Herrlin, M. K. , 2007, “ Improved Data Center Energy Efficiency and Thermal Performance by Advanced Airflow Analysis,” Digital Power Forum, San Francisco, CA, Sept. 10–12, pp. 10–12.
Nada, S. A. , Said, M. A. , and Rady, M. A. , 2016, “ Numerical Investigation and Parametric Study for Thermal and Energy Management Enhancements in Data Centers Buildings,” Appl. Therm. Eng., 98, pp. 110–128. [CrossRef]
Nada, S. A. , Attia, A. M. A. , and Elfeky, K. E. , 2016, “ Experimental Study of Solving Thermal Heterogeneity Problem of Data Center Servers,” Appl. Therm. Eng., 109(Part A), pp. 466–474. [CrossRef]
Herrlin, M. , and Belady, C. , 2006, “ Gravity Assisted Air Mixing in Data Centers and How It Affects the Rack Cooling Effectiveness,” Intersociety Conference on Thermal Phenomena (ITherm), San Diego, CA, May 30–June 2.
Cho, J. , Lim, T. , and Kim, B. S. , 2009, “ Measurements and Predictions of the Air Distribution Systems in High Compute Density (Internet) Data Centers,” Energy Build., 41(10), pp. 1107–1115. [CrossRef]
VanGilder, J. , and Schmidt, R. , “ Airflow Uniformity Through Perforated Tiles in a Raised Floor Data Center,” ASME Paper No. IPACK 2005-73375.
Nada, S. A. , Rady, M. A. , Elsharnoby, M. , and Said, M. A. , 2015, “ Numerical Investigation of Cooling of Electronic Servers Racks at Different Locations and Spacing From the Data Center Cooling Unit,” Int. J. Curr. Eng. Technol., 5(5), pp. 3448–3456.
Kumar, P. , Sundaralingam, V. , and Joshi, Y. , 2011, “ Effect of Server Load Variation on Rack Air Flow Distribution in a Raised Floor Data Center,” 27th Annual IEEE Semiconductor Thermal Measurement and Management (SEMI-THERM), San Jose, CA, Mar. 20–24, pp. 90–96.
Karlsson, J. F. , and Moshfegh, B. , 2005, “ Investigation of Indoor Climate and Power Usage in a Data Center,” Energy Build., 37(10), pp. 1075–1083. [CrossRef]
Alkharabsheh, S. , Sammakia, B. , and Bruce Murray, B. , 2014, “ Experimental Characterization of Pressure Drop in a Server Rack,” IEEE Thermal and Thermomechanical Phenomena in Electronic Systems (ITherm), Orlando, FL, May 27–30, pp. 547–556.
Herrlin, M. K. , 2008, “ Airflow and Cooling Performance of Data Center: Two Performance Metrics,” ASHRAE Trans., 114(2), pp. 182–187.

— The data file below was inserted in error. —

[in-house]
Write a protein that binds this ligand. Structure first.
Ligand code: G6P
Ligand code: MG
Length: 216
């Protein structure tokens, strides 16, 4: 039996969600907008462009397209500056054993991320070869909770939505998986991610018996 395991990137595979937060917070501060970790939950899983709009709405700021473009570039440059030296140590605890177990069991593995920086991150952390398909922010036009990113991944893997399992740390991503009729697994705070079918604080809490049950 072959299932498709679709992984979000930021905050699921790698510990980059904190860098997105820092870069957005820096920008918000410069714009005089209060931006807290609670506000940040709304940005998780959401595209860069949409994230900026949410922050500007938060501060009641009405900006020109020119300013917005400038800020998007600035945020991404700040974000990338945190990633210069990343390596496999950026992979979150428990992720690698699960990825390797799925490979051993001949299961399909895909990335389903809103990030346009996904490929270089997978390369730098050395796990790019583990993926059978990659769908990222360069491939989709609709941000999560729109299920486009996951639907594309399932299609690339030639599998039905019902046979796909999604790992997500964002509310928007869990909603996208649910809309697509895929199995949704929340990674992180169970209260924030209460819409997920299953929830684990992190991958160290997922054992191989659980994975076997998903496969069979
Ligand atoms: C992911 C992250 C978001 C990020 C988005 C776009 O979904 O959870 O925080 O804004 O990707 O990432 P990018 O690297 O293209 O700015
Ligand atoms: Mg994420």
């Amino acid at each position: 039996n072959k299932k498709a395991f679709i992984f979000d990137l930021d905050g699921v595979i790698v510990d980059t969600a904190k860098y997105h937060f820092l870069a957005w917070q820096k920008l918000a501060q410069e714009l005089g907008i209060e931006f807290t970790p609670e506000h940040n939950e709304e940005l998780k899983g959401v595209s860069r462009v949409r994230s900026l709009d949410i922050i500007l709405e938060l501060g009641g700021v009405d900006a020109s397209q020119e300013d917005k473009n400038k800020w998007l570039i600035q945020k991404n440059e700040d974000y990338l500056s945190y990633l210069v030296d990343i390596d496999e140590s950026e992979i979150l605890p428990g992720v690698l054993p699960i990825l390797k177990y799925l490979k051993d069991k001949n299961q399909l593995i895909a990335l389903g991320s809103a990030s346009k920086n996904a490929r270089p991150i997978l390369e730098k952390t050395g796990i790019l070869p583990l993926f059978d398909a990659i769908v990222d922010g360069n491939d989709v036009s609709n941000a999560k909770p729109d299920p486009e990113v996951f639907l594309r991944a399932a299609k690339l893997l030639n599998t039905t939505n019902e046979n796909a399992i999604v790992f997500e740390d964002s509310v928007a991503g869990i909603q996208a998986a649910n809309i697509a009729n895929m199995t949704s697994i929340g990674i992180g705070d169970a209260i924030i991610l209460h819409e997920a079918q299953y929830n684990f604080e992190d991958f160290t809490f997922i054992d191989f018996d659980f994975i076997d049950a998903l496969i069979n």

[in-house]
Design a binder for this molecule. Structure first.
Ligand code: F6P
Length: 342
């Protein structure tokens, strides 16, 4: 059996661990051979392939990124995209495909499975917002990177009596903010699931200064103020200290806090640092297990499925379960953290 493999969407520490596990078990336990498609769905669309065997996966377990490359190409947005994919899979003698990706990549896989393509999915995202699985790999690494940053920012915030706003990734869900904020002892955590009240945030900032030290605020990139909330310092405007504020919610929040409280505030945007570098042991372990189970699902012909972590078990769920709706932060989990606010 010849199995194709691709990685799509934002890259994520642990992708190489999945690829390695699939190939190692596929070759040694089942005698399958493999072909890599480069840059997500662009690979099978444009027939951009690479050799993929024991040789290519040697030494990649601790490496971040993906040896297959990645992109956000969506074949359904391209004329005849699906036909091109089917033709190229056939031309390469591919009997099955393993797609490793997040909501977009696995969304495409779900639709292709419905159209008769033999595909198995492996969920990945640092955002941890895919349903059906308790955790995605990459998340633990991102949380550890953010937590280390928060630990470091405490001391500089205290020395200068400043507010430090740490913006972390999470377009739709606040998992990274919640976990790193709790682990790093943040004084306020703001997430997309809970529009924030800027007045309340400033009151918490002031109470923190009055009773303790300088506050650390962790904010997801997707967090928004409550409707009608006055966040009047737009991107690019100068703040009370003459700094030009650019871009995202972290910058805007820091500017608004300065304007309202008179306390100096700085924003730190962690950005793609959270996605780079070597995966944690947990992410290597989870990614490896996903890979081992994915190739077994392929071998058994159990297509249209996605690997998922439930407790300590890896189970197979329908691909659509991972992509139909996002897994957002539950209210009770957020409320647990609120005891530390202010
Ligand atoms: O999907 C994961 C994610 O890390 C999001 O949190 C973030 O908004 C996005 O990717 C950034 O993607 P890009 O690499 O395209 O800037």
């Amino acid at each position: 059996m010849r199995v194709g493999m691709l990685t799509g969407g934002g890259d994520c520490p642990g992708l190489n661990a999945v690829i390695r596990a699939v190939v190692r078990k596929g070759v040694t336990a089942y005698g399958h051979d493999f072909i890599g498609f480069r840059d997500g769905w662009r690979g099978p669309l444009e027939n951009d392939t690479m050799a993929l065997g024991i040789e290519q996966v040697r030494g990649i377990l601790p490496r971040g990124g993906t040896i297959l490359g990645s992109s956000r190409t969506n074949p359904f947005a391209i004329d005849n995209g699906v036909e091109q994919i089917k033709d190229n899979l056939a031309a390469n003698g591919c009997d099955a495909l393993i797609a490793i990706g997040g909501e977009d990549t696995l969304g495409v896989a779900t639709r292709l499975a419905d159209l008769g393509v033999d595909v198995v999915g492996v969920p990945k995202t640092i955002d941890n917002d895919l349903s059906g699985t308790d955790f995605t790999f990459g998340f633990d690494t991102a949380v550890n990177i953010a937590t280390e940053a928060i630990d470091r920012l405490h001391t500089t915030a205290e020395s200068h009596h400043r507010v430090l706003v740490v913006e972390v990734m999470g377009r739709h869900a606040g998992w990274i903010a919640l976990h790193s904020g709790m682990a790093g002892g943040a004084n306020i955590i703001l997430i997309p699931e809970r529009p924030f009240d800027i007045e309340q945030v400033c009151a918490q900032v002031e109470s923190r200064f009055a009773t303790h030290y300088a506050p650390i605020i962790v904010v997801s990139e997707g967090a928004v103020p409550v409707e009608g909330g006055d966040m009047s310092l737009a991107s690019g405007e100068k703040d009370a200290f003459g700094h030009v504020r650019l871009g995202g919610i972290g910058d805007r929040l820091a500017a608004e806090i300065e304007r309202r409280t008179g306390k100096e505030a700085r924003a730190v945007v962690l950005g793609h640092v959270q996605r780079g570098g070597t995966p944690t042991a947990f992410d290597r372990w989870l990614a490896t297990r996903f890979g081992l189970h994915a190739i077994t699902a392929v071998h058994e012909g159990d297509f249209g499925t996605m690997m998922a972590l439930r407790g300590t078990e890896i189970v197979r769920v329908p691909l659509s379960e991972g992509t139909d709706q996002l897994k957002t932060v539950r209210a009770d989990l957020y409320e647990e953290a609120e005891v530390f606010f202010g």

Nada, S. A. , and Elfeky, K. E. , 2016, “ Experimental Investigations of Thermal Managements Solutions in Data Centers Buildings for Different Arrangements of Cold Aisles Containments,” J. Build. Eng., 5, pp. 41–49. [CrossRef]
Nada, S. A. , Said, M. A. , and Rady, M. A. , 2016, “ CFD Investigations of Data Centers' Thermal Performance for Different Configurations of CRACs Units and Aisles Separation,” Alexandria Eng. J., 55(2), pp. 959–971. [CrossRef]
Vaibhav, K. A. , Vikneshan, S. , and Yogendra, J. , 2013, “ Thermal Characteristics of Open and Contained Data Center Cold Aisle,” ASME J. Heat Transfer, 135(6), p. 061901. [CrossRef]
Cho, J. , and Kim, B. , 2011, “ Evaluation of Air Management System's Thermal Performance for Superior Cooling Efficiency in High-Density Data Centers,” Energy Build., 43(9), pp. 2145–2155. [CrossRef]
Copyright © 2017 by ASME
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References

Nada, S. A. , Elfeky, K. , and Attia, A. A. , 2016, “ Experimental Investigations of Air Conditioning Solutions in High Power Density Data Centers Using a Scaled Physical Model,” Int. J. Refrig., 63, pp. 87–99. [CrossRef]
ASHRAE, 2004, “ TC 9.9, Mission Critical Facilities, Technology Spaces, and Electronic Equipment, Thermal Guidelines for Data Processing Environments,” American Society of Heating, Refrigerating and Air-Conditioning Engineers Inc., Atlanta, GA.
Patankar, S. V. , 2010, “ Airflow and Cooling in a Data Center,” ASME J. Heat Transfer, 132(7), p. 073001. [CrossRef]